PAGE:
The Seychelles ferry is the cheapest and most widely use means of transportation between various islands in the Seychelles Archipelago. I've only used one ferry before, and that was in New Zealand, on my way from Picton to the Queen Charlotte Track. Although bumpy, it was a lot of fun, especially in comparison to the experience in the Seychelles, which was completely different. So what do you need to know before taking the Seychelles ferry?
Buy tickets in advance
First, you need to buy your tickets in advance. I recommend doing so because some tickets sell out. I bought mine online through Seychelles booking. It was fairly easy to find my way around, understand the schedule and buy what I needed. I bought a ticket to La Digue, a ticket from La Digue to Praslin and from Praslin back to Mahé.
The second thing is that you need to understand how your journey is going to be like. In one word? Chaotic. I am aware that probably the British in me loves to queue, but it really drives me crazy when people queue for ages and then others simply push in at the last second. Is it just me? Doesn't this annoy you too?
Direct Seychelles ferry?
There is no such thing as a direct ferry to La Digue. I honestly thought I will get onto the ferry and be taken straight to La Digue. How wrong I was. I needed to use the ferry from Mahé to Praslin, then change and get another ferry to La Digue (?!?!?!). This may not seem like a big deal, but when you realise you need to claim your luggage, claim another ticket and transfer your luggage yourself from one ferry to another, it becomes a bit annoying. As I mentioned before, chaotic.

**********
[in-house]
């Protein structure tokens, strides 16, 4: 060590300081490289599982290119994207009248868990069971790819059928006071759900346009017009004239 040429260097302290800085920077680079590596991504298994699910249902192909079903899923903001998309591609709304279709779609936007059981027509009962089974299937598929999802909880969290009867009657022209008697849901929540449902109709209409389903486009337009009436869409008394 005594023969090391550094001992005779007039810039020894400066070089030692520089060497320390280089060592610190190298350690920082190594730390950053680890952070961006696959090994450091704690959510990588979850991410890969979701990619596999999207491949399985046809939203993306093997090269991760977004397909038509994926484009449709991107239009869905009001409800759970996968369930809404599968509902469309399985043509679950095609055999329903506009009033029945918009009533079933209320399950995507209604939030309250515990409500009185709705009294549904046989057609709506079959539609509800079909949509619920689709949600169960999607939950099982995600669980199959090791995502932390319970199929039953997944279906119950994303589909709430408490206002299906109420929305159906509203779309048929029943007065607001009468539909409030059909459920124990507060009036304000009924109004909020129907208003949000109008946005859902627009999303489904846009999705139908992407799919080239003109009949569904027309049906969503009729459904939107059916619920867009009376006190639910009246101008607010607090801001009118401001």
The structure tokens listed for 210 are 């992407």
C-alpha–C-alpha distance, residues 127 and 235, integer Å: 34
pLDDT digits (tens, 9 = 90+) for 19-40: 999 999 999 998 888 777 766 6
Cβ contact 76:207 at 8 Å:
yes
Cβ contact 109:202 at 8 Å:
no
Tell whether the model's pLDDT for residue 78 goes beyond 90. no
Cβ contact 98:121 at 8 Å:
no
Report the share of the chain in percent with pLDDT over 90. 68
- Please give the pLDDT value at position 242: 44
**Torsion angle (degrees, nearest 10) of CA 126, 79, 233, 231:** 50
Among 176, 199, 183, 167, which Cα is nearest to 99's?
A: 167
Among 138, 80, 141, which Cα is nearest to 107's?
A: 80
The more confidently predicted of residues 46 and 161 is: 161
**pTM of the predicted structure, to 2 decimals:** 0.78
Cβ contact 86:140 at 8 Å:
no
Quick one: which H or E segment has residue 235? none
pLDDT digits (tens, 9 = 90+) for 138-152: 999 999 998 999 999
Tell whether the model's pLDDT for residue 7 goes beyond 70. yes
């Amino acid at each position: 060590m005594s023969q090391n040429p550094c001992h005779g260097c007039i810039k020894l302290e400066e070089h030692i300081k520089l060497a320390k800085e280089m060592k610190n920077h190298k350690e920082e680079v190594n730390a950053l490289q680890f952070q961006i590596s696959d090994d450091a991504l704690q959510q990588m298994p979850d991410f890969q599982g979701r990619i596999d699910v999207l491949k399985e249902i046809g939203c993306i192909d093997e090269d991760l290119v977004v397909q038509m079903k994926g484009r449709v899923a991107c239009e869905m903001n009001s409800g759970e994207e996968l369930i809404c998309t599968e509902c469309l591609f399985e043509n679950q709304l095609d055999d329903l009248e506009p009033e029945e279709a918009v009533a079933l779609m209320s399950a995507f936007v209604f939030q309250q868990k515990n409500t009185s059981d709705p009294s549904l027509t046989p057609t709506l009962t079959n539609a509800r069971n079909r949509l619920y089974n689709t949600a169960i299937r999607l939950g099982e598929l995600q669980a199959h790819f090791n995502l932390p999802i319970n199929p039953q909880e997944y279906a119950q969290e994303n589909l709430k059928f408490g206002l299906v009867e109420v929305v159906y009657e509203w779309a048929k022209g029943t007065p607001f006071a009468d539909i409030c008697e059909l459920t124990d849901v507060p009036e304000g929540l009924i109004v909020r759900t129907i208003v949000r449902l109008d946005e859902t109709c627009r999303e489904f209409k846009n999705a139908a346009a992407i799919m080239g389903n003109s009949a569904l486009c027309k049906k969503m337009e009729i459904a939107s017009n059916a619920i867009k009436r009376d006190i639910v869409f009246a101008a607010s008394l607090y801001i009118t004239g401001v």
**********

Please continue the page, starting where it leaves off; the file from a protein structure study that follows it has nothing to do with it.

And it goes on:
The luggage drama
The way it works with your luggage is very confusing. I went to the Cat Cocos offices to leave my luggage with them. Unfortunately, as my tickets were printed at home, I was first directed to another office where I needed to claim my actual tickets. Ok, so this was no big deal. When I returned, I handed over my luggage to Cat Cocos and they put a sticker with "La Digue" on it.
"Is this going straight to La Digue" I asked. "Yes, yes, madame" was the reply I got. So, no worries, I will have to change the ferry in Praslin, but these people will transfer the luggage to La Digue themselves. Yaaay!
Oh wait, this is NOT what really happened!
When I arrived in Praslin, I found out where I need to get the other ferry to La Digue. I queue and show my printed ticket in order to board, only to be directed to some offices as apparently, I need to get a (different looking) ticket. So, I go to the offices, show them my printed ticket and receive a massive chunk of plastic in return. I show the massive plastic ticket to the man by the ferry just to realise that he will, in turn, take the plastic ticket away from me and let me in. Am I missing something? Is it just me or was this just pointless exercise providing I already had a printed ticket with the journey on it? Anyway, I went ahead and asked what happens to my luggage, if they transfer it themselves.